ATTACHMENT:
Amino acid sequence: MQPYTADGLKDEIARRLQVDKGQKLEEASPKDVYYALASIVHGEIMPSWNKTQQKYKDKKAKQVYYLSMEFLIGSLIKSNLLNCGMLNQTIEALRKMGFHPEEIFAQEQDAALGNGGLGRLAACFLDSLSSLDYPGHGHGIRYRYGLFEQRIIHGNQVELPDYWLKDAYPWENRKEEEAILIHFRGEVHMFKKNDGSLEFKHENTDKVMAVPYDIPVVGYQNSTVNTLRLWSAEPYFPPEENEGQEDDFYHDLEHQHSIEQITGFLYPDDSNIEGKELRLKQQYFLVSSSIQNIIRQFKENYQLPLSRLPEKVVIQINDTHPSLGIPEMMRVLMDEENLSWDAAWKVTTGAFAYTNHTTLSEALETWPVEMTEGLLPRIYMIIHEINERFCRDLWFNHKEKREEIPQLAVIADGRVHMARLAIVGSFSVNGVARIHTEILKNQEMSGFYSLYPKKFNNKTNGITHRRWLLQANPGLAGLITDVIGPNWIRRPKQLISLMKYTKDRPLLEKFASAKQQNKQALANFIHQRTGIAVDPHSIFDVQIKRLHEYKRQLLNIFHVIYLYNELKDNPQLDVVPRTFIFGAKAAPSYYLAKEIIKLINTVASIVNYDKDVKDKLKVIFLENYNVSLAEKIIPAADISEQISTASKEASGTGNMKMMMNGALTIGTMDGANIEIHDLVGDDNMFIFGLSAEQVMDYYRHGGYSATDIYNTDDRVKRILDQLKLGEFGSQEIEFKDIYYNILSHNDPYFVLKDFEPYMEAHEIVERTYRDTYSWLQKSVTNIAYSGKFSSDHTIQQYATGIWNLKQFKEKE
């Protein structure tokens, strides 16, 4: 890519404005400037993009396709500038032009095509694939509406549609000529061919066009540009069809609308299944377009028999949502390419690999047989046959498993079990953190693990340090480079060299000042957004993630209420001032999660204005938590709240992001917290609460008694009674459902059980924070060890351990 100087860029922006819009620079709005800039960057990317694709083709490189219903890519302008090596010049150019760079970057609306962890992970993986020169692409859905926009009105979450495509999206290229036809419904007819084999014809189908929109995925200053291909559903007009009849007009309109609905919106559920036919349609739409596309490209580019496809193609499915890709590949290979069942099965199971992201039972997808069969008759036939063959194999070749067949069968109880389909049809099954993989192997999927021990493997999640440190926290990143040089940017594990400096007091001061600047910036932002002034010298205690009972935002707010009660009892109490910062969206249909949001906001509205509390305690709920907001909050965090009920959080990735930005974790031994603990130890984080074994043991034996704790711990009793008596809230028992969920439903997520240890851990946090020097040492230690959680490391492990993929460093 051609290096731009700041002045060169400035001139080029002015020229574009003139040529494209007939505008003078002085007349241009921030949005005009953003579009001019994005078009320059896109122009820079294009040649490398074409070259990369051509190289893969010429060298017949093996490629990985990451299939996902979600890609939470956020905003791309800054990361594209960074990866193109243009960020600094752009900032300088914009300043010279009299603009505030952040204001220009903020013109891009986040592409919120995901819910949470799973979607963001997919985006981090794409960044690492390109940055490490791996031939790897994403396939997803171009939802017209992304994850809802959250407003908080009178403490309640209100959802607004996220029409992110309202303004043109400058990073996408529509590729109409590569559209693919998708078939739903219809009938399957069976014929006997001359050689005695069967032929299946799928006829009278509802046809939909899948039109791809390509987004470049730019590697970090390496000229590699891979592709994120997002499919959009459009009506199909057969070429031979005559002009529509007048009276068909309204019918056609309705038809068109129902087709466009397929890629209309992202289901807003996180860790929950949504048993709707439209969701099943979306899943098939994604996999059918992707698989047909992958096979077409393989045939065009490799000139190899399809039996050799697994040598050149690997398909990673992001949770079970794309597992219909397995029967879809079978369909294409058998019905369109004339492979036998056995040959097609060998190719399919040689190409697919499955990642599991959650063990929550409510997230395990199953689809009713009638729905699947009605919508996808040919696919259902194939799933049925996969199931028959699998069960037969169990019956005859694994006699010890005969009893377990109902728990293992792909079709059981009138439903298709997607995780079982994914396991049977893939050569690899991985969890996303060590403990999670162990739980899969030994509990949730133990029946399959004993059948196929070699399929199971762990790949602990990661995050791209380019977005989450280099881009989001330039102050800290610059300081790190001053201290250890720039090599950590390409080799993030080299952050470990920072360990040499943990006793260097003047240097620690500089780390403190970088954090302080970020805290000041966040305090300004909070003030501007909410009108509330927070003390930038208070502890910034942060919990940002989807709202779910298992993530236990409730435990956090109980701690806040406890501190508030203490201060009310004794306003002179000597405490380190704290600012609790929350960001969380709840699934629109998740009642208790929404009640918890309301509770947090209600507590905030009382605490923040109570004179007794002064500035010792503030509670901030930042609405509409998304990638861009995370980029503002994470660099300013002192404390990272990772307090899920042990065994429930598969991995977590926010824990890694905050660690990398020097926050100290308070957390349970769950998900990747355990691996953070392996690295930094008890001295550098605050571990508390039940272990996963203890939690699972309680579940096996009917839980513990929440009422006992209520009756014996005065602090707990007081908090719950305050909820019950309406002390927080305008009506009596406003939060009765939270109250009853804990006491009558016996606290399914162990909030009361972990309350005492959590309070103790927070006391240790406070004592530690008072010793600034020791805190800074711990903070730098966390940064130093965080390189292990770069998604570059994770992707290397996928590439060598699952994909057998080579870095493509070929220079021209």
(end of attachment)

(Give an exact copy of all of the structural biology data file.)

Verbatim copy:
Amino acid sequence: MQPYTADGLKDEIARRLQVDKGQKLEEASPKDVYYALASIVHGEIMPSWNKTQQKYKDKKAKQVYYLSMEFLIGSLIKSNLLNCGMLNQTIEALRKMGFHPEEIFAQEQDAALGNGGLGRLAACFLDSLSSLDYPGHGHGIRYRYGLFEQRIIHGNQVELPDYWLKDAYPWENRKEEEAILIHFRGEVHMFKKNDGSLEFKHENTDKVMAVPYDIPVVGYQNSTVNTLRLWSAEPYFPPEENEGQEDDFYHDLEHQHSIEQITGFLYPDDSNIEGKELRLKQQYFLVSSSIQNIIRQFKENYQLPLSRLPEKVVIQINDTHPSLGIPEMMRVLMDEENLSWDAAWKVTTGAFAYTNHTTLSEALETWPVEMTEGLLPRIYMIIHEINERFCRDLWFNHKEKREEIPQLAVIADGRVHMARLAIVGSFSVNGVARIHTEILKNQEMSGFYSLYPKKFNNKTNGITHRRWLLQANPGLAGLITDVIGPNWIRRPKQLISLMKYTKDRPLLEKFASAKQQNKQALANFIHQRTGIAVDPHSIFDVQIKRLHEYKRQLLNIFHVIYLYNELKDNPQLDVVPRTFIFGAKAAPSYYLAKEIIKLINTVASIVNYDKDVKDKLKVIFLENYNVSLAEKIIPAADISEQISTASKEASGTGNMKMMMNGALTIGTMDGANIEIHDLVGDDNMFIFGLSAEQVMDYYRHGGYSATDIYNTDDRVKRILDQLKLGEFGSQEIEFKDIYYNILSHNDPYFVLKDFEPYMEAHEIVERTYRDTYSWLQKSVTNIAYSGKFSSDHTIQQYATGIWNLKQFKEKE
């Protein structure tokens, strides 16, 4: 890519404005400037993009396709500038032009095509694939509406549609000529061919066009540009069809609308299944377009028999949502390419690999047989046959498993079990953190693990340090480079060299000042957004993630209420001032999660204005938590709240992001917290609460008694009674459902059980924070060890351990 100087860029922006819009620079709005800039960057990317694709083709490189219903890519302008090596010049150019760079970057609306962890992970993986020169692409859905926009009105979450495509999206290229036809419904007819084999014809189908929109995925200053291909559903007009009849007009309109609905919106559920036919349609739409596309490209580019496809193609499915890709590949290979069942099965199971992201039972997808069969008759036939063959194999070749067949069968109880389909049809099954993989192997999927021990493997999640440190926290990143040089940017594990400096007091001061600047910036932002002034010298205690009972935002707010009660009892109490910062969206249909949001906001509205509390305690709920907001909050965090009920959080990735930005974790031994603990130890984080074994043991034996704790711990009793008596809230028992969920439903997520240890851990946090020097040492230690959680490391492990993929460093 051609290096731009700041002045060169400035001139080029002015020229574009003139040529494209007939505008003078002085007349241009921030949005005009953003579009001019994005078009320059896109122009820079294009040649490398074409070259990369051509190289893969010429060298017949093996490629990985990451299939996902979600890609939470956020905003791309800054990361594209960074990866193109243009960020600094752009900032300088914009300043010279009299603009505030952040204001220009903020013109891009986040592409919120995901819910949470799973979607963001997919985006981090794409960044690492390109940055490490791996031939790897994403396939997803171009939802017209992304994850809802959250407003908080009178403490309640209100959802607004996220029409992110309202303004043109400058990073996408529509590729109409590569559209693919998708078939739903219809009938399957069976014929006997001359050689005695069967032929299946799928006829009278509802046809939909899948039109791809390509987004470049730019590697970090390496000229590699891979592709994120997002499919959009459009009506199909057969070429031979005559002009529509007048009276068909309204019918056609309705038809068109129902087709466009397929890629209309992202289901807003996180860790929950949504048993709707439209969701099943979306899943098939994604996999059918992707698989047909992958096979077409393989045939065009490799000139190899399809039996050799697994040598050149690997398909990673992001949770079970794309597992219909397995029967879809079978369909294409058998019905369109004339492979036998056995040959097609060998190719399919040689190409697919499955990642599991959650063990929550409510997230395990199953689809009713009638729905699947009605919508996808040919696919259902194939799933049925996969199931028959699998069960037969169990019956005859694994006699010890005969009893377990109902728990293992792909079709059981009138439903298709997607995780079982994914396991049977893939050569690899991985969890996303060590403990999670162990739980899969030994509990949730133990029946399959004993059948196929070699399929199971762990790949602990990661995050791209380019977005989450280099881009989001330039102050800290610059300081790190001053201290250890720039090599950590390409080799993030080299952050470990920072360990040499943990006793260097003047240097620690500089780390403190970088954090302080970020805290000041966040305090300004909070003030501007909410009108509330927070003390930038208070502890910034942060919990940002989807709202779910298992993530236990409730435990956090109980701690806040406890501190508030203490201060009310004794306003002179000597405490380190704290600012609790929350960001969380709840699934629109998740009642208790929404009640918890309301509770947090209600507590905030009382605490923040109570004179007794002064500035010792503030509670901030930042609405509409998304990638861009995370980029503002994470660099300013002192404390990272990772307090899920042990065994429930598969991995977590926010824990890694905050660690990398020097926050100290308070957390349970769950998900990747355990691996953070392996690295930094008890001295550098605050571990508390039940272990996963203890939690699972309680579940096996009917839980513990929440009422006992209520009756014996005065602090707990007081908090719950305050909820019950309406002390927080305008009506009596406003939060009765939270109250009853804990006491009558016996606290399914162990909030009361972990309350005492959590309070103790927070006391240790406070004592530690008072010793600034020791805190800074711990903070730098966390940064130093965080390189292990770069998604570059994770992707290397996928590439060598699952994909057998080579870095493509070929220079021209």